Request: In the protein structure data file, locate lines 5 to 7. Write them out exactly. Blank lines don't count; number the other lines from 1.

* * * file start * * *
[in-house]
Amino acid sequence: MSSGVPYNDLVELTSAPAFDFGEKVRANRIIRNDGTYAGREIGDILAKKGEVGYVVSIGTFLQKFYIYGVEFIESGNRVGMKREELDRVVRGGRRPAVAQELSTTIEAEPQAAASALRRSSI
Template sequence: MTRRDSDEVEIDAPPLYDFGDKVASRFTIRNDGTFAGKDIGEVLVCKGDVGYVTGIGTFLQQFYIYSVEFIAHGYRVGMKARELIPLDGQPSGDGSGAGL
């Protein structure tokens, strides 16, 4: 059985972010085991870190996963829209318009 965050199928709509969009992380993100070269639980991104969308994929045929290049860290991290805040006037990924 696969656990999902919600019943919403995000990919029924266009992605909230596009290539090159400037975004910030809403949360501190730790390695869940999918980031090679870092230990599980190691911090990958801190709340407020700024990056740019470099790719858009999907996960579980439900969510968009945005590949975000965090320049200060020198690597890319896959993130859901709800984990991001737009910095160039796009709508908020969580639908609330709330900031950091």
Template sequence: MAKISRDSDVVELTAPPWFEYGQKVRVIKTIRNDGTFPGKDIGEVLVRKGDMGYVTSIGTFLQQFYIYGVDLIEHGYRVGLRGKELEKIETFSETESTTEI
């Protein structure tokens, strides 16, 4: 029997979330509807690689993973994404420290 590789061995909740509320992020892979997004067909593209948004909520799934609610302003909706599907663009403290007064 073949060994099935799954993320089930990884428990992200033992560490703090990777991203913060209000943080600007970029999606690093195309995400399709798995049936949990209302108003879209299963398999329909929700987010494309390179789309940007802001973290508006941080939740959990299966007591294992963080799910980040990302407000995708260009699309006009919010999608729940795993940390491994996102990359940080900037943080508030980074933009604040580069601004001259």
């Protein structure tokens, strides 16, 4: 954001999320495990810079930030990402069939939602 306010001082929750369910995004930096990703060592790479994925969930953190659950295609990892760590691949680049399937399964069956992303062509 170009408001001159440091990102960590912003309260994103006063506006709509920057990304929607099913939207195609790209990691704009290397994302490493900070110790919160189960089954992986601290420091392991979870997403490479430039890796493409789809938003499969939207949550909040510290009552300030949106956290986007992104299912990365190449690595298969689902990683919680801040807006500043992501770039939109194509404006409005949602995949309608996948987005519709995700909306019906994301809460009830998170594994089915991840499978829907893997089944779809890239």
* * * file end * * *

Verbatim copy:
Template sequence: MAKISRDSDVVELTAPPWFEYGQKVRVIKTIRNDGTFPGKDIGEVLVRKGDMGYVTSIGTFLQQFYIYGVDLIEHGYRVGLRGKELEKIETFSETESTTEI
């Protein structure tokens, strides 16, 4: 029997979330509807690689993973994404420290 590789061995909740509320992020892979997004067909593209948004909520799934609610302003909706599907663009403290007064 073949060994099935799954993320089930990884428990992200033992560490703090990777991203913060209000943080600007970029999606690093195309995400399709798995049936949990209302108003879209299963398999329909929700987010494309390179789309940007802001973290508006941080939740959990299966007591294992963080799910980040990302407000995708260009699309006009919010999608729940795993940390491994996102990359940080900037943080508030980074933009604040580069601004001259």
């Protein structure tokens, strides 16, 4: 954001999320495990810079930030990402069939939602 306010001082929750369910995004930096990703060592790479994925969930953190659950295609990892760590691949680049399937399964069956992303062509 170009408001001159440091990102960590912003309260994103006063506006709509920057990304929607099913939207195609790209990691704009290397994302490493900070110790919160189960089954992986601290420091392991979870997403490479430039890796493409789809938003499969939207949550909040510290009552300030949106956290986007992104299912990365190449690595298969689902990683919680801040807006500043992501770039939109194509404006409005949602995949309608996948987005519709995700909306019906994301809460009830998170594994089915991840499978829907893997089944779809890239």